Often when you have something wrong with you that makes you different to everyone else, it is difficult to see the upside of your diagnosis. I’m sure many of us have felt miserable and upset about being a coeliac, and wondered why on earth they have to deal with having to live with such an annoying problem! Whenever I start to feel like this, I look at what a big difference my diagnosis has made to my life. Looking back I think I first started showing symptoms at 1 7. I’d just finished a years of studying for the biggest exams of my life so far, I was ice skating in both national and international competitions and I’d started looking round universities ready to move away from home. Suddenly I started sleeping more and more, until I got to the stage where I was barely able to make it through a school day. My life literally became eating, sleeping and school. From easter of my final school year, I didn’t complete a full week of school, and because of that, my final grades weren’t nearly what I had expected. However, I managed to achieve high enough grades to make it to university, and I set off ready to make a fresh start, blaming the last year’s problems on stress. However, after 6 months of my nursing degree I was forced to drop out. I had been horribly ill after every injection I had, and working 40 hours per week on placement had been too much for my body, and I was too exhausted to make it to placement. After phoning my Mum in the morning before placement, sobbing because I was so tired I couldn’t get out of bed, I had to come home. Still, we blamed it on stress, and the plan was to drop out of university, then start again the next year. I moved back home and got a job working a couple of evenings a week. However, when my symptoms still persisted when all I did was work 1 5 hours per week, we went to the doctors, begging them to find out what was wrong with me. When he suggested I had a blood test for coeliac disease, so many factors began to add up- my iron deficiency, my rubbish immune system, and why I felt so bloated all the time. For me, being diagnosed has given me a whole new chance at life. Had it just been stress that had made me so ill, it would have been so much of a struggle to have made life better. Being diagnosed has completely turned my life around, and in September I started back at university, studying Law. When I hear stories of people ‘cheating’ on their gluten free diet, or when I remember how terrible I felt before, I feel horrible- my diagnosis has improved my quality of life so much, and while it sometimes is a struggle, it’s completely worth it. Rebecca Vucak, UK


E a t i n g o u t- H e l s i n k i Where to eat in Helsinki? _ Are you looking for delicious gluten free food or pastries in Helsinki? Here are a couple of tips. _ In Helsinki it's quite easy to find gluten free food. I was born in Helsinki and I have_spent all of my life here. I always love to try new restaurants and the gluten free diet has never been a big_problem for me. People know here quite well what is coeliac disease so eating out isn’t frustrating. Usually a gluten free meal is marked in the menu with a capital letter G below the description. If, however, the Gs are missing from a menu, it doesn't necessarily mean they don't have anything for you to eat. In that case, you just have to go and ask the waitress! Do you feel like having gluten free pizza or pasta? In that case, I would recommend Rosso or Dennis. In Rosso they also serve gluten free bread with any meal. Gluten free pizza is also available in Kotipizza. Gluten free hamburgers can also be found in Amarillo, Chico's and McDonalds. Huvilan kahvila is cafe that prepares everything gluten free. Bulevardin Kahvilasalonki and Fazer cafe are also nice cafes with plenty of gluten free dishes to choose from. There is a great website to find reviews of any restaurant in Helsinki. It's called www.eat.fi Enjoy gluten free Helsinki! Ninni Salo, Finland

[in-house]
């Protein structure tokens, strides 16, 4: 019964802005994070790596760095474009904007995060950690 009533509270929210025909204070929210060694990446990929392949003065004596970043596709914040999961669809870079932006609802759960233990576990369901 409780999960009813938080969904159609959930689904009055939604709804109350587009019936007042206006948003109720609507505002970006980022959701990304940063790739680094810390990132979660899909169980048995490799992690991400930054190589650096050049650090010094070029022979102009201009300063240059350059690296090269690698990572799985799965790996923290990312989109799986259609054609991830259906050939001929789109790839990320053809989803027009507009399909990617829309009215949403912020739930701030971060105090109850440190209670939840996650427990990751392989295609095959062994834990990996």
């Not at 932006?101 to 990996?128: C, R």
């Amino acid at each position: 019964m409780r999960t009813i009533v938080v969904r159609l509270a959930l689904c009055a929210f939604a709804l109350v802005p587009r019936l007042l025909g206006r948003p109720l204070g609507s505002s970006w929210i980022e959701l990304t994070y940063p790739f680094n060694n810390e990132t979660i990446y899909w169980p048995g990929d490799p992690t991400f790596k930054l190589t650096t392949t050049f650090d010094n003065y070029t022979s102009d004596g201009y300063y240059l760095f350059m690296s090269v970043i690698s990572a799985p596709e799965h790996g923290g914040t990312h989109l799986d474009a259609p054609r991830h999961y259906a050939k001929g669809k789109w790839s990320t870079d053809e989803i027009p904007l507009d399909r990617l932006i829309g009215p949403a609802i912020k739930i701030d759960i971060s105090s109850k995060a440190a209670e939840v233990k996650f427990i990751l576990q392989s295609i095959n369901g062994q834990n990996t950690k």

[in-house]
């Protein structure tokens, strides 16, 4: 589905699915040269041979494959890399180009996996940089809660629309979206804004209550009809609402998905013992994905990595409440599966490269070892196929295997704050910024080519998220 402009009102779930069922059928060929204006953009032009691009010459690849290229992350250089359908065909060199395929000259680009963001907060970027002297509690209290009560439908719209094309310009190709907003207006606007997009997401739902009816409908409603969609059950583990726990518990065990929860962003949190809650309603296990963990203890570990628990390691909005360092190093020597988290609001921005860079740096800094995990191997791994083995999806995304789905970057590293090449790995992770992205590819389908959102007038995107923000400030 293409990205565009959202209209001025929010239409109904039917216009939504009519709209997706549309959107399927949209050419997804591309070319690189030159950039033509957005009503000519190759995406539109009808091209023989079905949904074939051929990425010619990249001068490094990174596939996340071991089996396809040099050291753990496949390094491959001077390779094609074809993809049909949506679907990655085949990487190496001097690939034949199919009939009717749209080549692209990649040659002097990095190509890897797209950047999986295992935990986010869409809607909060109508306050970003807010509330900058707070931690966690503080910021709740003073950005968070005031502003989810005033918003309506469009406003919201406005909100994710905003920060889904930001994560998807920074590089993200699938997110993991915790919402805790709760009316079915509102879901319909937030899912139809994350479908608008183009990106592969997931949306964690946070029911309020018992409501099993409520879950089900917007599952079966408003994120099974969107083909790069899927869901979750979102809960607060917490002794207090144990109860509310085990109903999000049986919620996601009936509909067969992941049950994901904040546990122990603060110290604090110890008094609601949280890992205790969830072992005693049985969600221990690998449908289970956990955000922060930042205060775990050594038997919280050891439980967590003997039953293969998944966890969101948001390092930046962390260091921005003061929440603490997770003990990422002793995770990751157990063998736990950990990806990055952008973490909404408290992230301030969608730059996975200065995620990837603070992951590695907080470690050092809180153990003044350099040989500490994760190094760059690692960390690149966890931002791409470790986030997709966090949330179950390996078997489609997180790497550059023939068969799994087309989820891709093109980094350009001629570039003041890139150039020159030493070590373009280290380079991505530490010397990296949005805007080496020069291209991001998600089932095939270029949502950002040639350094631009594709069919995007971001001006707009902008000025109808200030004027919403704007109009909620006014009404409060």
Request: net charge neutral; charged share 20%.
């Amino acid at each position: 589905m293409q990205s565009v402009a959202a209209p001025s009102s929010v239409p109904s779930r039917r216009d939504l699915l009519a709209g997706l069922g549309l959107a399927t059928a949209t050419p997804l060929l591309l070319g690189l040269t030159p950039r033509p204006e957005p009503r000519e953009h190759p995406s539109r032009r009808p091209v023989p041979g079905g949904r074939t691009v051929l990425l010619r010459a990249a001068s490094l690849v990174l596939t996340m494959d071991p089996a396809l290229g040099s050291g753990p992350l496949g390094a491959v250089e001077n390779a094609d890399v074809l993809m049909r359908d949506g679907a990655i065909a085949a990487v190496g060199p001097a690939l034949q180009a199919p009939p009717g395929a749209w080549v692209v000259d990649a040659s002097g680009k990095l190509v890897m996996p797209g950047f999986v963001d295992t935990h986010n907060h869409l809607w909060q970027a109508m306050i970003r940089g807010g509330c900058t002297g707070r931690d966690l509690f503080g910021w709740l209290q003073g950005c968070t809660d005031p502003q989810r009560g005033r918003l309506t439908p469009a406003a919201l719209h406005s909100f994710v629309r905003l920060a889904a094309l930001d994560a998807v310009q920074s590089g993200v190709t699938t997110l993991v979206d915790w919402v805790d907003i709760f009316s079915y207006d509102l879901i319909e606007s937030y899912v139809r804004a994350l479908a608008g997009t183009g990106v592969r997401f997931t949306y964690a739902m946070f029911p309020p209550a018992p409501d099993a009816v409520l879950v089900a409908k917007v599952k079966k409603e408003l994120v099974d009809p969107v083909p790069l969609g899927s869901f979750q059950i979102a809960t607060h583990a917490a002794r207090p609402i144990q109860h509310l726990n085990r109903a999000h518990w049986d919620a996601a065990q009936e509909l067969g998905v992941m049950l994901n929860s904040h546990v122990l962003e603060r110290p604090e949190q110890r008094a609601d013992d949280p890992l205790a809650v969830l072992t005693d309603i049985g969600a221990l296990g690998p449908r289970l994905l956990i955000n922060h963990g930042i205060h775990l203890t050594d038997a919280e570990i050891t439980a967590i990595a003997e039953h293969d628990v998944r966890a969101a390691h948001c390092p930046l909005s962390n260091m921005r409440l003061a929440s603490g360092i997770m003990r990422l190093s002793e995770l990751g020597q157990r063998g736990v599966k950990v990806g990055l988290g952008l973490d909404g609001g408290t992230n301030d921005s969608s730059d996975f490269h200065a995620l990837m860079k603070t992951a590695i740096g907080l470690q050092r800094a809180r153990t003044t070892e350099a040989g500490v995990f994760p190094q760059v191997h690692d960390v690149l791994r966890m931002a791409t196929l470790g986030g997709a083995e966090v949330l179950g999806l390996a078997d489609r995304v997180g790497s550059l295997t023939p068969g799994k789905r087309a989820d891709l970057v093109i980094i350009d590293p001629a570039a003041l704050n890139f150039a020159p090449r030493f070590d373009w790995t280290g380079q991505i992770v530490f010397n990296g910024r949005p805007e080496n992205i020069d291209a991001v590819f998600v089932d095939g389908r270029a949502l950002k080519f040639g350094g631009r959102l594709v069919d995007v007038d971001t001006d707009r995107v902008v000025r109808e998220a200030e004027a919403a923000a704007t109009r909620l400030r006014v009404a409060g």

W h e r e t o e a t i n.. V i e n n a Where to eat in Vienna Are you currently planning a city trip to Vienna, but being afraid of starving to death after having googled the typical Austrian cuisine? It is true we love to stuff our dishes with a lot of gluten, but here comes the good news – over the years Vienna has developed a wide choice of gluten free restaurants. In order to give you a good start on your trip here comes a suggestion for a gluten free day in Vienna. You best start your day in Vienna with some power sightseeing – go and check out the Schönbrunn Palaces followed by a walk through the parks of the Prater, which are especially recommended during spring time. When you finally start to feel like you’re starving, you are ready to hit the Gasthof Nestroy which will serve you a traditional Austrian lunch – just ask for the gluten free menu. Among coeliacs the restaurant is well known for their Viennese Schnitzels, but do not leave that place before you’ve had a Palatschinke as desert. The next best thing to do is chill out at one of the various street cafes on the riverside of the blue Danube. If you feel fit again you can start your tour around the old town of Vienna – visiting the Stephans Dom, discovering the many buildings designed by Hundertwasser, and do not forget to drop by the Hofburg in order to see one of the many Lipizzaner shows. If you still follow that plan you should be by now sick of sightseeing and either ready to go to bed or eager for a party evening. In any case you should eat dinner at the ¡mas! – a Mexican restaurant which offers a wide choice of gluten free Enchiladas and Tacos. The favorite pick of the local coeliac youth group are by the way the Tacos de Pollo. But the ¡mas! is not only a restaurant but also includes a rich cocktail bar. So if you are there at the right time you can benefit from the happy hour – and the rest of the night is yours. Hope you enjoy your trip ;) Manuel Engelsthal, Austria